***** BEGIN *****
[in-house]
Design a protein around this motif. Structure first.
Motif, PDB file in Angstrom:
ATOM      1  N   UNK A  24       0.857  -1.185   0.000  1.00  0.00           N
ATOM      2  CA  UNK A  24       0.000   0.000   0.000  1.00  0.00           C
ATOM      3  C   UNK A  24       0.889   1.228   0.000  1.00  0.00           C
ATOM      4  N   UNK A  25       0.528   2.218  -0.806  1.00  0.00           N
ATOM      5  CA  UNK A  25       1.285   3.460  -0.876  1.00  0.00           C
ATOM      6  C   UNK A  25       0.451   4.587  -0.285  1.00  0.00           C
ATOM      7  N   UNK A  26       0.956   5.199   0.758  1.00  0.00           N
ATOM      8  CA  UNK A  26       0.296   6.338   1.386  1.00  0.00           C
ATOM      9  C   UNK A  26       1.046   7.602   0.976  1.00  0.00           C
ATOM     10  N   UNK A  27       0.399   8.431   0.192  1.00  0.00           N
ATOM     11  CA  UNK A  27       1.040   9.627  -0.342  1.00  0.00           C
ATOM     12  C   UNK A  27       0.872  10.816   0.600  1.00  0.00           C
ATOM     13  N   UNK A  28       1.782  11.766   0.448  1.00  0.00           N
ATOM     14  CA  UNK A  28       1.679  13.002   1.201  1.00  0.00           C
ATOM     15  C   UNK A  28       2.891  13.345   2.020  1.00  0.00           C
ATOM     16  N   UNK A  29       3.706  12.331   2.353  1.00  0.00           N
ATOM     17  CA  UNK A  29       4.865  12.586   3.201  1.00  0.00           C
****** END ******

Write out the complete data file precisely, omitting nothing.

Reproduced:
[in-house]
Design a protein around this motif. Structure first.
Motif, PDB file in Angstrom:
ATOM      1  N   UNK A  24       0.857  -1.185   0.000  1.00  0.00           N
ATOM      2  CA  UNK A  24       0.000   0.000   0.000  1.00  0.00           C
ATOM      3  C   UNK A  24       0.889   1.228   0.000  1.00  0.00           C
ATOM      4  N   UNK A  25       0.528   2.218  -0.806  1.00  0.00           N
ATOM      5  CA  UNK A  25       1.285   3.460  -0.876  1.00  0.00           C
ATOM      6  C   UNK A  25       0.451   4.587  -0.285  1.00  0.00           C
ATOM      7  N   UNK A  26       0.956   5.199   0.758  1.00  0.00           N
ATOM      8  CA  UNK A  26       0.296   6.338   1.386  1.00  0.00           C
ATOM      9  C   UNK A  26       1.046   7.602   0.976  1.00  0.00           C
ATOM     10  N   UNK A  27       0.399   8.431   0.192  1.00  0.00           N
ATOM     11  CA  UNK A  27       1.040   9.627  -0.342  1.00  0.00           C
ATOM     12  C   UNK A  27       0.872  10.816   0.600  1.00  0.00           C
ATOM     13  N   UNK A  28       1.782  11.766   0.448  1.00  0.00           N
ATOM     14  CA  UNK A  28       1.679  13.002   1.201  1.00  0.00           C
ATOM     15  C   UNK A  28       2.891  13.345   2.020  1.00  0.00           C
ATOM     16  N   UNK A  29       3.706  12.331   2.353  1.00  0.00           N
ATOM     17  CA  UNK A  29       4.865  12.586   3.201  1.00  0.00           C